“Using pretty words to cover up faults” (文過飾非, pronounced wén guò shì fēi) is a Chinese idiom that refers to using eloquent words to gloss over a mistake, conceal a fault, or cover up a wrongdoing.
It originates from two sources. The first part, 文過 (wén guò), is from the “Analects” of Confucius, in a passage in which one of Confucius’s disciples, Zi Xia, states: “A person of low moral character is sure to gloss over his faults.”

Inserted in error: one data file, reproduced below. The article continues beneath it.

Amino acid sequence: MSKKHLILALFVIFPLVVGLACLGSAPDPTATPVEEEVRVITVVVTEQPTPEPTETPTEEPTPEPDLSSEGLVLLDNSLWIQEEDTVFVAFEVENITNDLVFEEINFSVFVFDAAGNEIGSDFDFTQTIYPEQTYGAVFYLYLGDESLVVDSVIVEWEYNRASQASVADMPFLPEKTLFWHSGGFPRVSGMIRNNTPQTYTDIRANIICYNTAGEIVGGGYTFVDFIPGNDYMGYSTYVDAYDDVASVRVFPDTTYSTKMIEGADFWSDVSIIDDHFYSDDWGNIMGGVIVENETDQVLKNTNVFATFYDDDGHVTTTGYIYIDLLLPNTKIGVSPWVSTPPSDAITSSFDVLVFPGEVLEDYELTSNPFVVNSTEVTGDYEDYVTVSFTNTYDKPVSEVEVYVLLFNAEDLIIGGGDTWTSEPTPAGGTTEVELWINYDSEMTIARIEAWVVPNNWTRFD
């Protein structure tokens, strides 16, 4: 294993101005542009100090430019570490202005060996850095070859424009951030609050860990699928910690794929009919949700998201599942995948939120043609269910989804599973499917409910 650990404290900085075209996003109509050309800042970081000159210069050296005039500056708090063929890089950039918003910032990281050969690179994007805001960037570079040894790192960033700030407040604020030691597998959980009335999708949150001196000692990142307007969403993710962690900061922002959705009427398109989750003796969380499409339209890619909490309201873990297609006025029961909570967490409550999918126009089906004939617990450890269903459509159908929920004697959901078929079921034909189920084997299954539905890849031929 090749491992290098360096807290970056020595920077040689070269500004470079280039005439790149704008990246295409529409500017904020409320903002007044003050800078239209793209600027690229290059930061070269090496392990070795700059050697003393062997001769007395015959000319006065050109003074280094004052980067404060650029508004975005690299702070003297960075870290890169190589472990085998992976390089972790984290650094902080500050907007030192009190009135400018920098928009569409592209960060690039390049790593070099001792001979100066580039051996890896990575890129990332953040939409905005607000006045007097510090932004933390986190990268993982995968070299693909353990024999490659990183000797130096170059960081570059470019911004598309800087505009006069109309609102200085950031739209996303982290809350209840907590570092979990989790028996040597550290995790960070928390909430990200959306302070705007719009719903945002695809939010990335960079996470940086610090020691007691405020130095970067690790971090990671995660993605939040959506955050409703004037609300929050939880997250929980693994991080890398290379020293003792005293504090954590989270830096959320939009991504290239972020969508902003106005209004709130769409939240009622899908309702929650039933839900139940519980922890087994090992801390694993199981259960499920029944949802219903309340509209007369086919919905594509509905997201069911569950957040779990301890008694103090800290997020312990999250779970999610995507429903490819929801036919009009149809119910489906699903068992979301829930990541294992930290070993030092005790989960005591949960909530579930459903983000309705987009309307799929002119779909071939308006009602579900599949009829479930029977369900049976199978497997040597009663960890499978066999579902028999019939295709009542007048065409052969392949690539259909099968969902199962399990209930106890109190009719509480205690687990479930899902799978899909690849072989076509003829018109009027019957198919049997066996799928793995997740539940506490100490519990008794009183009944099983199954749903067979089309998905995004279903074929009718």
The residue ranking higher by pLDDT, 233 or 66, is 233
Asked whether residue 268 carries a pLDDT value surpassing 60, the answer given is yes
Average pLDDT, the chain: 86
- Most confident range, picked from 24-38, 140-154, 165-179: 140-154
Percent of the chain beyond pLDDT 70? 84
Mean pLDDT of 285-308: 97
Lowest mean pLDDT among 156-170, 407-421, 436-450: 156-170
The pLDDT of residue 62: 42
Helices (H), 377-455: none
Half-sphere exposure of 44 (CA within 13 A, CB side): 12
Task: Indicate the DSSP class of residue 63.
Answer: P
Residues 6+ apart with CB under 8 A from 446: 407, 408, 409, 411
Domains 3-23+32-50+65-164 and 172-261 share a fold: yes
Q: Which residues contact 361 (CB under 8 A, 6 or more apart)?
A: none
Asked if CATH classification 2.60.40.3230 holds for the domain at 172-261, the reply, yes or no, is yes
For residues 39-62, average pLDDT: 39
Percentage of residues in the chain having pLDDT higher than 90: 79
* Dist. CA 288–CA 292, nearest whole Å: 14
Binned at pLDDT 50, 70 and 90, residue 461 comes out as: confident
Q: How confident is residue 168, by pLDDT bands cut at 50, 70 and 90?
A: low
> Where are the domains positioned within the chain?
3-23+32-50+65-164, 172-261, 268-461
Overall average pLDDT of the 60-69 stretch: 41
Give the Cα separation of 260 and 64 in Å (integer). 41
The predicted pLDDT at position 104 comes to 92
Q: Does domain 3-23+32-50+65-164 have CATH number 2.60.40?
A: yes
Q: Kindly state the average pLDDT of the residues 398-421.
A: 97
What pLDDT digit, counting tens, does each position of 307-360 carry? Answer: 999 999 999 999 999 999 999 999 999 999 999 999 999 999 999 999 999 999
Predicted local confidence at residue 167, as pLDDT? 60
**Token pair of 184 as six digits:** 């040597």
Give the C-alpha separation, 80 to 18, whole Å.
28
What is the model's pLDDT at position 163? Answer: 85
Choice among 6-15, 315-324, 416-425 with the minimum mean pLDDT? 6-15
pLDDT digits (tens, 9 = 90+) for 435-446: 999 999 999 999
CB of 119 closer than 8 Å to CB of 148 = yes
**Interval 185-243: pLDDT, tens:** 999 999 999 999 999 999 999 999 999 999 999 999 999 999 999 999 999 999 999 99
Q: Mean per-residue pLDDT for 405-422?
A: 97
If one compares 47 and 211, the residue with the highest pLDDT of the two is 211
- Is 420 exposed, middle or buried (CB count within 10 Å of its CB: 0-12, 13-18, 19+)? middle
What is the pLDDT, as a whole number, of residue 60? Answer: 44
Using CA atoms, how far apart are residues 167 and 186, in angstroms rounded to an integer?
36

The second part, 飾非 (shì fēi), is from “Zhuang Zi,” in a chapter called “The Robber Zhi” in which Ji Liuxia described his brother Dao Zhi as being “eloquent enough to hide his faults.”
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